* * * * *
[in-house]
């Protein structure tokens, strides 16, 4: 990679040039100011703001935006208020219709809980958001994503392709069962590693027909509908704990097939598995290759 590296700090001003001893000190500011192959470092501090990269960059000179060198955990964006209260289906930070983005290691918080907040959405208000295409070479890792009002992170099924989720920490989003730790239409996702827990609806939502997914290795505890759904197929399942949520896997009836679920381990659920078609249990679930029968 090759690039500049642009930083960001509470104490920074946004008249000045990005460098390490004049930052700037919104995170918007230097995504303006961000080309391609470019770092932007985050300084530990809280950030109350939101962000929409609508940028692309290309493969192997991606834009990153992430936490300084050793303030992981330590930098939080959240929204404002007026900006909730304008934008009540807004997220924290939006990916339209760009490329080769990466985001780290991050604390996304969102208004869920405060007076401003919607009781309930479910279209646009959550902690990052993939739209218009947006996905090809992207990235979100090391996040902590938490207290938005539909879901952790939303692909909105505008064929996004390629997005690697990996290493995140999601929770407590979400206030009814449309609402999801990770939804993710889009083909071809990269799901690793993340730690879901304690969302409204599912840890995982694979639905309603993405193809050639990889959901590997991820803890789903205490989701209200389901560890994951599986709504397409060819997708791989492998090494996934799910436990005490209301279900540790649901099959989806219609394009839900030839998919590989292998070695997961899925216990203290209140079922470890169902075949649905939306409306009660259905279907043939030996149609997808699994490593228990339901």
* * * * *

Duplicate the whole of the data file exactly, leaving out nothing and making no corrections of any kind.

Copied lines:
[in-house]
């Protein structure tokens, strides 16, 4: 990679040039100011703001935006208020219709809980958001994503392709069962590693027909509908704990097939598995290759 590296700090001003001893000190500011192959470092501090990269960059000179060198955990964006209260289906930070983005290691918080907040959405208000295409070479890792009002992170099924989720920490989003730790239409996702827990609806939502997914290795505890759904197929399942949520896997009836679920381990659920078609249990679930029968 090759690039500049642009930083960001509470104490920074946004008249000045990005460098390490004049930052700037919104995170918007230097995504303006961000080309391609470019770092932007985050300084530990809280950030109350939101962000929409609508940028692309290309493969192997991606834009990153992430936490300084050793303030992981330590930098939080959240929204404002007026900006909730304008934008009540807004997220924290939006990916339209760009490329080769990466985001780290991050604390996304969102208004869920405060007076401003919607009781309930479910279209646009959550902690990052993939739209218009947006996905090809992207990235979100090391996040902590938490207290938005539909879901952790939303692909909105505008064929996004390629997005690697990996290493995140999601929770407590979400206030009814449309609402999801990770939804993710889009083909071809990269799901690793993340730690879901304690969302409204599912840890995982694979639905309603993405193809050639990889959901590997991820803890789903205490989701209200389901560890994951599986709504397409060819997708791989492998090494996934799910436990005490209301279900540790649901099959989806219609394009839900030839998919590989292998070695997961899925216990203290209140079922470890169902075949649905939306409306009660259905279907043939030996149609997808699994490593228990339901």